Tuesday, April 05, 2011

As media pile on to Post's questionable scoop, Bloomberg defends Ratner; get ready for request for additional subsidies

The New York Post's questionable, conclusory article yesterday, based on SEC worst-case warnings, drew unskeptical follow-up in Gothamist, New York, Business Insider, Huffington Post, and others.

Even the Star-Ledger, in Nets' Brooklyn project reportedly could be scaled back, chose to trust the Post's framing of the story rather than the facts its reporters noted:
The Post reported that in documents filed last week with the Securities and Exchange Commission by developer and former Nets owner Bruce Ratner and his Forest City Enterprises, the developer said further delays in the project could scuttle the construction of high-rise office and apartment buildings intended to surround the arena.

However, the comments in the filing came from an SEC risk factor report, a necessary worst-case scenario report that all traded companies have to file. And it should be noted that Forest City Ratner’s SEC filing in 2010 had listed the same standard risks, risks that threaten any commercial real estate deal in the present economy.
As I noted in an update yesterday, I wrote about similar boilerplate in March 2010, May 2009, and March 2009.

The real news from last week's the SEC filings, as I pointed out, was that parent Forest City Enterprises is no longer talking about an Atlantic Yards office building, which would bring significant tax revenues.

Bloomberg professes optimism

In Mike believes Atl. Yards hoopla, the Post followed up:
A confident Mayor Bloomberg insisted yesterday that the housing and commercial component of the $4.9 billion Atlantic Yards complex won't be scrapped, saying he was certain that developer Bruce Ratner is proceeding as planned.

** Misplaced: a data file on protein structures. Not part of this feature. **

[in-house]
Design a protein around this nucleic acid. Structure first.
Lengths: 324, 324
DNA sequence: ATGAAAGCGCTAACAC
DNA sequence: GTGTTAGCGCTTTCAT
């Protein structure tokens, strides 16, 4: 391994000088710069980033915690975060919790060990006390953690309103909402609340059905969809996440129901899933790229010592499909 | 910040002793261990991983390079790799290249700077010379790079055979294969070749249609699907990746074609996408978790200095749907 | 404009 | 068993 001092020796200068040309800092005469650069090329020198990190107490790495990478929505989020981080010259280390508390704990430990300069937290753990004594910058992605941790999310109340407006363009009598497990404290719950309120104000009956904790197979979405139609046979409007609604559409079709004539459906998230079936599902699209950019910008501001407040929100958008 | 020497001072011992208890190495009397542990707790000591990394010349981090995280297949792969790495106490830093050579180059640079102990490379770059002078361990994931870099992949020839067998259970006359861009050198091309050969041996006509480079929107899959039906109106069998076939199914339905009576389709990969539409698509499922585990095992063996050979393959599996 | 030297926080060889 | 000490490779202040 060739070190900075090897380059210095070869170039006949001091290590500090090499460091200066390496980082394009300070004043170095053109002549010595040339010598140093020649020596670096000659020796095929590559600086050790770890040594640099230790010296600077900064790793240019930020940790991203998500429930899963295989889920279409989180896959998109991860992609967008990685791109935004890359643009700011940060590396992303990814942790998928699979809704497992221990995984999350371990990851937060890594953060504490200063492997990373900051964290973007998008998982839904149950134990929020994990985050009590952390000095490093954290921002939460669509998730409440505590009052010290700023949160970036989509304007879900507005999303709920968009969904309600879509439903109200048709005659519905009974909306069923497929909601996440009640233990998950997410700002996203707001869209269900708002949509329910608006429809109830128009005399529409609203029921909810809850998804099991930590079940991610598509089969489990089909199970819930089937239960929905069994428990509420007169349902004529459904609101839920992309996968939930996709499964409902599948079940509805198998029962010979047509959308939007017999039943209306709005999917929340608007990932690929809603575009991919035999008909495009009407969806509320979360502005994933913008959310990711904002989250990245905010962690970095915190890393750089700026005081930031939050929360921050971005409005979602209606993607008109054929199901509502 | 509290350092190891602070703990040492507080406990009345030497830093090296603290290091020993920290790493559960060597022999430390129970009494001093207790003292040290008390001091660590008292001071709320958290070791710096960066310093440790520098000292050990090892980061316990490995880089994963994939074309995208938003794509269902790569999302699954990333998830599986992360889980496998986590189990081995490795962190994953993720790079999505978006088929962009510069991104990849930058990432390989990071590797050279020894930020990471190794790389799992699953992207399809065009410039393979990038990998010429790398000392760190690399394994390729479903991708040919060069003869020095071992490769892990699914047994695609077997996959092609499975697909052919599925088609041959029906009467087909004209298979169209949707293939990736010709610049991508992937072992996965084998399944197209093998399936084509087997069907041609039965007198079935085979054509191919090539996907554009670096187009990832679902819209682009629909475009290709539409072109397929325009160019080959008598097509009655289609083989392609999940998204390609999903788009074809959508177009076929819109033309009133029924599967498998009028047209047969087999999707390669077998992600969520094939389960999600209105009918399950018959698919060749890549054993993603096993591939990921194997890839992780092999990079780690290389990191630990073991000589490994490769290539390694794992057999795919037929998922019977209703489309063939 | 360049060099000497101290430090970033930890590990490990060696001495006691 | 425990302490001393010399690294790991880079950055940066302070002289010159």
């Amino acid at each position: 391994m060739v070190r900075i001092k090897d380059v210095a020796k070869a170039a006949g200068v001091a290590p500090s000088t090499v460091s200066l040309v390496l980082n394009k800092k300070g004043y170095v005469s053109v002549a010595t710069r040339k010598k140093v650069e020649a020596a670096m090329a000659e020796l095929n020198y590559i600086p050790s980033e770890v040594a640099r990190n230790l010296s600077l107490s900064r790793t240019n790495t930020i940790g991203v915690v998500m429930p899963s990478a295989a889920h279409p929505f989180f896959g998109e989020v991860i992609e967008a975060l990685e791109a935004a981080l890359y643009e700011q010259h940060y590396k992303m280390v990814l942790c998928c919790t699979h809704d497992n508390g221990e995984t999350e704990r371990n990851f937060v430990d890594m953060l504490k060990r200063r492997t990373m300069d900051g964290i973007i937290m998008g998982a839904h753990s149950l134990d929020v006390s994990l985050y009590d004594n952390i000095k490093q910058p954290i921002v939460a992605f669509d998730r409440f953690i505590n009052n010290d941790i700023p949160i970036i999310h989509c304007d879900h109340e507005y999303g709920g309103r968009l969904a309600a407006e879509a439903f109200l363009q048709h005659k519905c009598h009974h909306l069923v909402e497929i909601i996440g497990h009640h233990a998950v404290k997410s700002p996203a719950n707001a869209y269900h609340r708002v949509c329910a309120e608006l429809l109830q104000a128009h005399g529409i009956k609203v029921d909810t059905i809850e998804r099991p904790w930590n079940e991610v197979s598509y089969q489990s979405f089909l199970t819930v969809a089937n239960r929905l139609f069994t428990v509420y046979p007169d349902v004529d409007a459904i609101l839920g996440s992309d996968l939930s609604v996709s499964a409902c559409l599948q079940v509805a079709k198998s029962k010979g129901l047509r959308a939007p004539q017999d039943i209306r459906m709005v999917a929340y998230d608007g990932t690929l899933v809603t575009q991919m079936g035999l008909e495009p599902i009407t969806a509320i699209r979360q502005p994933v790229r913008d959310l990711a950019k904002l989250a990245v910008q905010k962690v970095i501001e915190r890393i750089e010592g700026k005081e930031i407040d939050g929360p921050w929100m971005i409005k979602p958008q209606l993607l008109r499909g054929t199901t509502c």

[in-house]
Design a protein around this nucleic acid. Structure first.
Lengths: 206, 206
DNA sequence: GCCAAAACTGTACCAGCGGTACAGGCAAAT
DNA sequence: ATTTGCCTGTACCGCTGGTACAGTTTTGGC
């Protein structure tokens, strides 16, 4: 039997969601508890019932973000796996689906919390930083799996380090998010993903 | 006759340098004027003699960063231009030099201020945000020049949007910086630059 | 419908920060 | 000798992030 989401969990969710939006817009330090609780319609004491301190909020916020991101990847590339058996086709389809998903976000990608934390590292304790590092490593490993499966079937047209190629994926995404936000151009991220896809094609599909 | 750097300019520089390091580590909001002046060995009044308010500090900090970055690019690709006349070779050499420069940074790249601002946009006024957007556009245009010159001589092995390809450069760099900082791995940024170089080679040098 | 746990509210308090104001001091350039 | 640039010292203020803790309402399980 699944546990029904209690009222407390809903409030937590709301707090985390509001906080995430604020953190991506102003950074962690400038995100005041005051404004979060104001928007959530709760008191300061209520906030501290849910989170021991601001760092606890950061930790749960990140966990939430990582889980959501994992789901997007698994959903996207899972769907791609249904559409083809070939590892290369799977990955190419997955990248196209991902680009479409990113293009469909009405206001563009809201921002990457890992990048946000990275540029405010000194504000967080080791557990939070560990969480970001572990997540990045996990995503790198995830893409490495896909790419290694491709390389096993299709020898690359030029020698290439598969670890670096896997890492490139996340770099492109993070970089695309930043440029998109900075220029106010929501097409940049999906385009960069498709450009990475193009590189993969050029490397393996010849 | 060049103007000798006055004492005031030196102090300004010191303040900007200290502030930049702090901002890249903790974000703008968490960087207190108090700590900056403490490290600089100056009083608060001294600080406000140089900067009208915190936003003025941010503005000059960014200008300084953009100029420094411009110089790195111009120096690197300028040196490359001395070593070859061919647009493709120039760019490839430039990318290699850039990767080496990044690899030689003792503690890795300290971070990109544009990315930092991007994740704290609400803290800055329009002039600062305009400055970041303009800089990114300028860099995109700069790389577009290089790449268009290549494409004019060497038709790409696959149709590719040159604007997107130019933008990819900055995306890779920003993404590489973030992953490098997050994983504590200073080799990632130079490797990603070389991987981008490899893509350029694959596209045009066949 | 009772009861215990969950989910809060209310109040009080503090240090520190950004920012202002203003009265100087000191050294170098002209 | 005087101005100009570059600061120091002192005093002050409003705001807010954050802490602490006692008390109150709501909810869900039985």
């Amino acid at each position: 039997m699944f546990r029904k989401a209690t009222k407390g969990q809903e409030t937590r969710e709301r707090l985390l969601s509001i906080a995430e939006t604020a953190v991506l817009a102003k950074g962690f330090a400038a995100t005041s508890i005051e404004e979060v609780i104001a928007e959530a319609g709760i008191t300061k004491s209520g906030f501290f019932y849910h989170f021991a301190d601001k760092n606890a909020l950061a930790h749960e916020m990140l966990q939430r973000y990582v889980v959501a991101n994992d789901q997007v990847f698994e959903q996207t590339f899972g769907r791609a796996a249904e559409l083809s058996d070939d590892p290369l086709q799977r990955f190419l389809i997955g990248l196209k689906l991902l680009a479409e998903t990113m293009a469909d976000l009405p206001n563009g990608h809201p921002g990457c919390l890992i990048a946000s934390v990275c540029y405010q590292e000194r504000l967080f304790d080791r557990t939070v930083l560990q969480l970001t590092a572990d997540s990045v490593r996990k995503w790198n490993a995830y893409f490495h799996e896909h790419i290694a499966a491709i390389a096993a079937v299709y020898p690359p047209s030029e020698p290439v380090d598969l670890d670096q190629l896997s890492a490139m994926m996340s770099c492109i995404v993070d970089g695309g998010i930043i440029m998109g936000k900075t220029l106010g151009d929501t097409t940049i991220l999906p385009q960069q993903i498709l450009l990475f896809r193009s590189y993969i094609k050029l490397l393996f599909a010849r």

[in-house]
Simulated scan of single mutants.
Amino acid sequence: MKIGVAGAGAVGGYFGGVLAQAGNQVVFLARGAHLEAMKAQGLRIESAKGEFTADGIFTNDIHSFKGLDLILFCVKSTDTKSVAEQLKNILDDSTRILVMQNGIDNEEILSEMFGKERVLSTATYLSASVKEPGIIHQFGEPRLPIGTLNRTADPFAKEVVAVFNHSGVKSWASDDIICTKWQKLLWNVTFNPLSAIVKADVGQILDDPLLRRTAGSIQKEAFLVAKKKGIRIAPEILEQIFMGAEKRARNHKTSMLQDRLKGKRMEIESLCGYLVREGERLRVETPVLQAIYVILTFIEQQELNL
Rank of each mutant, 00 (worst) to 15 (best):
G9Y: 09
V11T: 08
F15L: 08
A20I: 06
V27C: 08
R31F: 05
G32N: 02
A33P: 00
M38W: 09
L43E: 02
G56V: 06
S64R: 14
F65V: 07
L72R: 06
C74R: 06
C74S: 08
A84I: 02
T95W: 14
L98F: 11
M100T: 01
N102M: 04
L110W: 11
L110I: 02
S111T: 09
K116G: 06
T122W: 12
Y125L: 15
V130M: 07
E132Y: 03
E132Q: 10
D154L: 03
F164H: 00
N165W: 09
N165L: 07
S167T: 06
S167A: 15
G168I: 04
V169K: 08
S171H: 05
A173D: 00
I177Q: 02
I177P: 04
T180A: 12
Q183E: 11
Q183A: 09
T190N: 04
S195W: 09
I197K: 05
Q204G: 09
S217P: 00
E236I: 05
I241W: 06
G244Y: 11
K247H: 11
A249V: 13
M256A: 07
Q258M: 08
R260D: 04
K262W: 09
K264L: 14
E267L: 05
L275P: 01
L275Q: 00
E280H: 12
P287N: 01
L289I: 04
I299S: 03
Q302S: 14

"I talked to Bruce Ratner as late as 30 minutes ago, and let me tell you, he thinks his business is going very well out there and he's very optimistic about Atlantic Yards," Bloomberg said.
Except Ratner's business isn't going very well; that's why he sold 49% of 15 retail properties.

Nor is the project proceeding as planned; after all, Bloomberg's own administration--at least under the recently-departed HPD head--denied additional subsidies for the first tower.

What's likely? More subsidy requests

That doesn't mean it's likely to be scrapped.

What it means, more likely, is Bloomberg and the state will be asked for more subsidies and/or additional government support.

1 comment:

  1. "I talked to Bruce Ratner as late as 30 minutes ago, and let me tell you, he thinks his business is going very well out there and he's very optimistic about Atlantic Yards," Bloomberg said.

    what were he and Bruce talking about "30 minutes ago?" Presumably that coming effort to extract more subsidies you speculate on. But if he is optimistic about AY and his business, why the new subsidies?

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